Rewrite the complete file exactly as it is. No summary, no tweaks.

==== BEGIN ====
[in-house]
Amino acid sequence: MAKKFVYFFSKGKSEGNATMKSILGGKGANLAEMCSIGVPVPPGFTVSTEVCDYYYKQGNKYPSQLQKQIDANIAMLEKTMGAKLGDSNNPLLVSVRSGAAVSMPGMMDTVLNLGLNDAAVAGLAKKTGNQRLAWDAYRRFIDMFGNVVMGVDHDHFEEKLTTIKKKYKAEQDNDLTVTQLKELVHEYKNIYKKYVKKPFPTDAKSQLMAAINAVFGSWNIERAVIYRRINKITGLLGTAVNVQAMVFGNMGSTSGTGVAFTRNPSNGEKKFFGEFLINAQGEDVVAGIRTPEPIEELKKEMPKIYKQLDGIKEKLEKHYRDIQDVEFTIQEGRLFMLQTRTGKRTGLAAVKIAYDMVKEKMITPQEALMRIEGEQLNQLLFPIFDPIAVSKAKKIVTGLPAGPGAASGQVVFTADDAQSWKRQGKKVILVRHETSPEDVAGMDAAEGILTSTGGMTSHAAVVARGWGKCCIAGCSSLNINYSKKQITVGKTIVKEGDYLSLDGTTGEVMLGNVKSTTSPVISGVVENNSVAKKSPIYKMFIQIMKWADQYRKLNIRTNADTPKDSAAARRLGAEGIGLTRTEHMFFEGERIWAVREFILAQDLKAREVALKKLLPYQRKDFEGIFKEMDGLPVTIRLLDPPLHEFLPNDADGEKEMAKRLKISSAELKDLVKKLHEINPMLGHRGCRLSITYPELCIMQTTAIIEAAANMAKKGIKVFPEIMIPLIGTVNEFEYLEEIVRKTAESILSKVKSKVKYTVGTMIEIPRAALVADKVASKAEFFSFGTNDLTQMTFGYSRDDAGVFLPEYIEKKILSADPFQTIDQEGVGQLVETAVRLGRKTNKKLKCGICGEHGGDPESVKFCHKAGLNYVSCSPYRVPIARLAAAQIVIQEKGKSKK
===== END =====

[in-house]
Amino acid sequence: MAKKFVYFFSKGKSEGNATMKSILGGKGANLAEMCSIGVPVPPGFTVSTEVCDYYYKQGNKYPSQLQKQIDANIAMLEKTMGAKLGDSNNPLLVSVRSGAAVSMPGMMDTVLNLGLNDAAVAGLAKKTGNQRLAWDAYRRFIDMFGNVVMGVDHDHFEEKLTTIKKKYKAEQDNDLTVTQLKELVHEYKNIYKKYVKKPFPTDAKSQLMAAINAVFGSWNIERAVIYRRINKITGLLGTAVNVQAMVFGNMGSTSGTGVAFTRNPSNGEKKFFGEFLINAQGEDVVAGIRTPEPIEELKKEMPKIYKQLDGIKEKLEKHYRDIQDVEFTIQEGRLFMLQTRTGKRTGLAAVKIAYDMVKEKMITPQEALMRIEGEQLNQLLFPIFDPIAVSKAKKIVTGLPAGPGAASGQVVFTADDAQSWKRQGKKVILVRHETSPEDVAGMDAAEGILTSTGGMTSHAAVVARGWGKCCIAGCSSLNINYSKKQITVGKTIVKEGDYLSLDGTTGEVMLGNVKSTTSPVISGVVENNSVAKKSPIYKMFIQIMKWADQYRKLNIRTNADTPKDSAAARRLGAEGIGLTRTEHMFFEGERIWAVREFILAQDLKAREVALKKLLPYQRKDFEGIFKEMDGLPVTIRLLDPPLHEFLPNDADGEKEMAKRLKISSAELKDLVKKLHEINPMLGHRGCRLSITYPELCIMQTTAIIEAAANMAKKGIKVFPEIMIPLIGTVNEFEYLEEIVRKTAESILSKVKSKVKYTVGTMIEIPRAALVADKVASKAEFFSFGTNDLTQMTFGYSRDDAGVFLPEYIEKKILSADPFQTIDQEGVGQLVETAVRLGRKTNKKLKCGICGEHGGDPESVKFCHKAGLNYVSCSPYRVPIARLAAAQIVIQEKGKSKK